Suds are Good for You

Posted: April 23, 2009 by kmahern in Uncategorized
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You can’t miss the Syracuse Suds Factory. It’s a huge brick building in Armory Square, on the corner of South Clinton and Walton Streets. The inside feel is a big, open warehouse with brick walls and rustic red accents. There’s plenty of bartop space, tables, and 13 TVs in total—nine of which were tuned to sports channels during a recent visit.

Its a bar, but it also gives off a slight museum feel, especially when you catch a glimpse of the wax figure in overalls manning the replica of a keg distribution line on one of the walls, complete with mini keg replicas. Add in some black and white pictures of the building back in the day and framed memorabilia here and there and it’s almost like a history lesson. In fact, all you need to do is flip over your menu to learn about the whole history of brewing in Syracuse.

Prohibition (1920-1933) hit Syracuse breweries hard. The survivors struggled in the aftermath, but by the 1960s all breweries in Syracuse were out of business, and that’s how it stayed for a little more than 30 years. Then in 1991, the Syracuse Suds Factory was established, bringing beer brewing back to the area.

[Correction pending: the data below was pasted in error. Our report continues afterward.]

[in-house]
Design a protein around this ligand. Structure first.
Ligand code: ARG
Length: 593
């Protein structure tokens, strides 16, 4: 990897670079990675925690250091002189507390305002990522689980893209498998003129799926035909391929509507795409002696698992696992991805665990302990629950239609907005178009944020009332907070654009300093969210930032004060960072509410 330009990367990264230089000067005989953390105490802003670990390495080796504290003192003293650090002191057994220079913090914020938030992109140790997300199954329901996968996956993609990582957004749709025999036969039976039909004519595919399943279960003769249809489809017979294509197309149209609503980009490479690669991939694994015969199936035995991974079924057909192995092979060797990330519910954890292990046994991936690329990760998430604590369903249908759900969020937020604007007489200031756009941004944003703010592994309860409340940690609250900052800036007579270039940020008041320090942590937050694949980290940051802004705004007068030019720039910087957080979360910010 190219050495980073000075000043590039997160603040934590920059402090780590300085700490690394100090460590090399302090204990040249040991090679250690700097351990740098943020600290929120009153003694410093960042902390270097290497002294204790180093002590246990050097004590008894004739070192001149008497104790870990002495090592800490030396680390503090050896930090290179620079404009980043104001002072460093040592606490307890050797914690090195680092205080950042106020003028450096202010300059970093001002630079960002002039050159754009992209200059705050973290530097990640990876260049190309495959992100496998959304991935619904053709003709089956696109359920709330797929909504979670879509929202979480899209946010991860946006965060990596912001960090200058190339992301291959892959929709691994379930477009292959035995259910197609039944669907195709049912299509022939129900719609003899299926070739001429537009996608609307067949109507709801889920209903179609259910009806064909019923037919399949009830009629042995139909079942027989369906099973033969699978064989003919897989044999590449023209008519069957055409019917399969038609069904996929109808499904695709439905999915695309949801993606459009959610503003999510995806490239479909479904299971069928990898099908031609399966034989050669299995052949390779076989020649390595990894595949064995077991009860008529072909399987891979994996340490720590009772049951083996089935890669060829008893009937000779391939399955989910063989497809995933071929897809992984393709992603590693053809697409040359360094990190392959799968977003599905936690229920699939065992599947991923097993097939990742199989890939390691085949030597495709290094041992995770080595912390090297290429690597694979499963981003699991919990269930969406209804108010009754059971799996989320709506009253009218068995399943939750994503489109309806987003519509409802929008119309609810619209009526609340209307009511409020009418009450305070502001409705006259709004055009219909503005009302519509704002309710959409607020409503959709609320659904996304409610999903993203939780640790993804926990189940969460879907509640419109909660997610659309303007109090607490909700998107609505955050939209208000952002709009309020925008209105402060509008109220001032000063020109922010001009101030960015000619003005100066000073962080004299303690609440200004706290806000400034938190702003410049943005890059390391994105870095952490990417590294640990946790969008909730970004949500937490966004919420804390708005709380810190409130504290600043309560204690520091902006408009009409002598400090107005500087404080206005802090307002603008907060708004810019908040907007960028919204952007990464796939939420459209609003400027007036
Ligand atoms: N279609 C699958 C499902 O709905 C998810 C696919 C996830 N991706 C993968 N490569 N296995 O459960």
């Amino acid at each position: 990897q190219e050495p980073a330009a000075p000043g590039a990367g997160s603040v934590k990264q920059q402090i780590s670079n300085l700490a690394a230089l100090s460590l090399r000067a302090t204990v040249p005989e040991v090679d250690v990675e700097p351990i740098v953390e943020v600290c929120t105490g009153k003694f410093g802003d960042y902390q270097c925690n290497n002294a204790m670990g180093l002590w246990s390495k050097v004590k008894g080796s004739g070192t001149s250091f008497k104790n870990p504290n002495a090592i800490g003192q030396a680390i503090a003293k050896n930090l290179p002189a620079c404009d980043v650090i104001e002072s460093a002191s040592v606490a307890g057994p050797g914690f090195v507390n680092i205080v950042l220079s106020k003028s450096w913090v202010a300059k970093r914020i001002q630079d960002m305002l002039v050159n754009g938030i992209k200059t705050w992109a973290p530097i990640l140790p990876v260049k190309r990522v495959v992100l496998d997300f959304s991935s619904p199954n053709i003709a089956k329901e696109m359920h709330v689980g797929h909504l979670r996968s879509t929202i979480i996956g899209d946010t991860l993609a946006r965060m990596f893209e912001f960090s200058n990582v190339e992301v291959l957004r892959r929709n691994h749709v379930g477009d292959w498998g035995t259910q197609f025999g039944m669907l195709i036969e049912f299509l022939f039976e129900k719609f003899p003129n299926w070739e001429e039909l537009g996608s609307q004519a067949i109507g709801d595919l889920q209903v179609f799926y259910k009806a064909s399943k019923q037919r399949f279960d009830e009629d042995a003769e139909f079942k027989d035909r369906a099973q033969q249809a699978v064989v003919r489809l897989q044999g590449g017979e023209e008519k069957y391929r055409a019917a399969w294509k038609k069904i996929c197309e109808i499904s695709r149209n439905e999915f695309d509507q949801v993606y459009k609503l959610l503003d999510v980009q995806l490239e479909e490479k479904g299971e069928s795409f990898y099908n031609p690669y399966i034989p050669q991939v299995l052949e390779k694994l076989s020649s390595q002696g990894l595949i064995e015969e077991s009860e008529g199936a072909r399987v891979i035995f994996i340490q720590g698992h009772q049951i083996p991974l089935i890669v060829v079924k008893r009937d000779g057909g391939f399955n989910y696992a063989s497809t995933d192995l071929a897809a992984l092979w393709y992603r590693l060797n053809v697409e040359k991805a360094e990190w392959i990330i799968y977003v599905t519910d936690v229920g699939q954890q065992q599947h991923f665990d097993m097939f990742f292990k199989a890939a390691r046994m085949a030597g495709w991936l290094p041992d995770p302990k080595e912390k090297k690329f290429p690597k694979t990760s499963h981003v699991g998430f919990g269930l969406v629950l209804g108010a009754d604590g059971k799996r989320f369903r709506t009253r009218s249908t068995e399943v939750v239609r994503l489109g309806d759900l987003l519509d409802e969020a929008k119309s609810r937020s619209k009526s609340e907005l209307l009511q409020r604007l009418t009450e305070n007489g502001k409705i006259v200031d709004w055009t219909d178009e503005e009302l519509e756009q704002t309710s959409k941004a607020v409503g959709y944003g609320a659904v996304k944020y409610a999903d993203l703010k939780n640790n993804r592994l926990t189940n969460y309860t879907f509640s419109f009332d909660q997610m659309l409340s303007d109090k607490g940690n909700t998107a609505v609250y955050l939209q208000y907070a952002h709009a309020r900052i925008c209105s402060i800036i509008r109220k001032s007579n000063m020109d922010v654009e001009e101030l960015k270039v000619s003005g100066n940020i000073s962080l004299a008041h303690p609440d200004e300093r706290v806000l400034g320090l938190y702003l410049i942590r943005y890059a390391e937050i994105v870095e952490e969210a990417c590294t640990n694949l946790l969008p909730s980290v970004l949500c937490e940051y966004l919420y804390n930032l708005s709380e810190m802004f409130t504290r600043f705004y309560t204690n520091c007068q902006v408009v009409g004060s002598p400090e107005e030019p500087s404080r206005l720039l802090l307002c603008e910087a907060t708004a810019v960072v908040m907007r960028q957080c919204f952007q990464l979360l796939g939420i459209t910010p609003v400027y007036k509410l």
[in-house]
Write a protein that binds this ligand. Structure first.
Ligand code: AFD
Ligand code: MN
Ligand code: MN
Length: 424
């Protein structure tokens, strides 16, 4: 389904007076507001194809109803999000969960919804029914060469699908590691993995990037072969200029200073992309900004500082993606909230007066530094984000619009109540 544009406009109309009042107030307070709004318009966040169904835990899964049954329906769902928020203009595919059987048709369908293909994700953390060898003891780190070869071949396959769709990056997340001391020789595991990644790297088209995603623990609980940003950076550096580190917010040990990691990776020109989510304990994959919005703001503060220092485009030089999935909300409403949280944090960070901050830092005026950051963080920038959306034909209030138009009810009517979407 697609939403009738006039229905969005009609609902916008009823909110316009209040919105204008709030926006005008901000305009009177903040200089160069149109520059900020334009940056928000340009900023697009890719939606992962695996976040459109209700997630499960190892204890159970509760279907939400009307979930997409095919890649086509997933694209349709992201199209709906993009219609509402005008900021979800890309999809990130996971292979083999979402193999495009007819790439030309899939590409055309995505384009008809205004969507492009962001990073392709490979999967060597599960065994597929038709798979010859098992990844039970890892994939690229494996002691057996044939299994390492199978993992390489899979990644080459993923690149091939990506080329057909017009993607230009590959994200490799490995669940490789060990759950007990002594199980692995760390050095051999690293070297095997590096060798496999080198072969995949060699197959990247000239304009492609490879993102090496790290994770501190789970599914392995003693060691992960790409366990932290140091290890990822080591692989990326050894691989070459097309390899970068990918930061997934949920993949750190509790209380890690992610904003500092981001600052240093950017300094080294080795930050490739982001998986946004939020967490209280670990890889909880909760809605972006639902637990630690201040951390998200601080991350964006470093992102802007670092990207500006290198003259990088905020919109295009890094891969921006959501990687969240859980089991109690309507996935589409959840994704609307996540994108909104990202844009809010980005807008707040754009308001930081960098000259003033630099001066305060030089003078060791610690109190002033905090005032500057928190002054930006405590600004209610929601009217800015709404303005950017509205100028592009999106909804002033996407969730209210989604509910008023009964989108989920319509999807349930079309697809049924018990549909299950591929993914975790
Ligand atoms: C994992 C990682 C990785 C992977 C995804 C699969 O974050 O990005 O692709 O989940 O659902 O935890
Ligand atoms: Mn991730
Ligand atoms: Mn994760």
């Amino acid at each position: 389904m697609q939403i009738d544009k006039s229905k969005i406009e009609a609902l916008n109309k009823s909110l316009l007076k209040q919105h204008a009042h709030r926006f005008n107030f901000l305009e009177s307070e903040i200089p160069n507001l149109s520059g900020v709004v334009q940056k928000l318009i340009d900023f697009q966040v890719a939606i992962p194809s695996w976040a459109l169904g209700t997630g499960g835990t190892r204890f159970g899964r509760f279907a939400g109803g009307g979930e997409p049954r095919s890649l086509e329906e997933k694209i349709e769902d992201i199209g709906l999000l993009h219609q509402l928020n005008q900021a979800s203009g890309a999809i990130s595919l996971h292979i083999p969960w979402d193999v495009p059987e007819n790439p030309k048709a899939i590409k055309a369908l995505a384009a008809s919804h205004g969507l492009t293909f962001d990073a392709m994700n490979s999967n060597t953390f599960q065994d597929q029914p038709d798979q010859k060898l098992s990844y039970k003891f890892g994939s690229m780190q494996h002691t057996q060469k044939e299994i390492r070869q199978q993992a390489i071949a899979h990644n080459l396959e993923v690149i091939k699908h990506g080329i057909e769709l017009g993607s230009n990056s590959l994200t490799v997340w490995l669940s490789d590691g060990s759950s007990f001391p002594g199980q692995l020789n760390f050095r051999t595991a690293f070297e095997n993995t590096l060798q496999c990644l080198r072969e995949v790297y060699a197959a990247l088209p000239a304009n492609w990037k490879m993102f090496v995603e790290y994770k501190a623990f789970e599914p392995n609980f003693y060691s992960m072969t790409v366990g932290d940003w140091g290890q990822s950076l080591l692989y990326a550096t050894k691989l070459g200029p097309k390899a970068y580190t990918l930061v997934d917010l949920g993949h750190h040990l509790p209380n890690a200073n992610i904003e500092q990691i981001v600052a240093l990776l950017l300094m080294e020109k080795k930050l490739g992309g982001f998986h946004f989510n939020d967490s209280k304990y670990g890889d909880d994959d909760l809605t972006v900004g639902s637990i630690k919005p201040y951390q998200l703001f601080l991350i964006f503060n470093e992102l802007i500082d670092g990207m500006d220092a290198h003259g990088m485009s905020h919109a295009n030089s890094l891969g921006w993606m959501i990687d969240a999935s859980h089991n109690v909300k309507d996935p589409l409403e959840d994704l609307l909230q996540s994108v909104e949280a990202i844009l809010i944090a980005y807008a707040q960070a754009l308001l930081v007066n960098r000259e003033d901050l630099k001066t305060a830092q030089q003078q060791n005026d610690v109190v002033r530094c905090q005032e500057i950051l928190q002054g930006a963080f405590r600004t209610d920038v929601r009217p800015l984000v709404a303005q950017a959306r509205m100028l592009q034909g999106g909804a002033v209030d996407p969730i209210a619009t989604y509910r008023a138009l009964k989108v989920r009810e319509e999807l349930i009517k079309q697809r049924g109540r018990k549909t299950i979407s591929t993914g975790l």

Here’s what’s good on a few of the factory’s standard brews:

Brown Ale: Dark, heavy, traditional type brown ale. Its got a hoppy bite but also a caramel undertone that balances it with a syrupy type mouthfeel and sweetness.

Try some of the Factory's signature wings with a Honey Light

Try some of the Factory's signature wings with a Honey Light

Honey Light: Unfiltered and a dark golden color for a light beer, but still easy to drink. It brings a malty, slightly more complex flavor to the table, but that depth comes with a little more heaviness than your average light beer.

Black Cherry Lambic: This one’s a fruit beer through and through. It smells like black cherries and chocolate, sort of like those chocolate-covered cherries you get at gas station counters. The taste follows through, and doesn’t leave your mouth in a hurry. The sweet-tart cherry taste might make you pucker—it’s no Framboise (and what else is?), but beware of fruit overload.

Pale Ale: It doesn’t get its name from its color. This is a robust ruby brew with hops to spare, but not much else to offer.


~ Kaitlin

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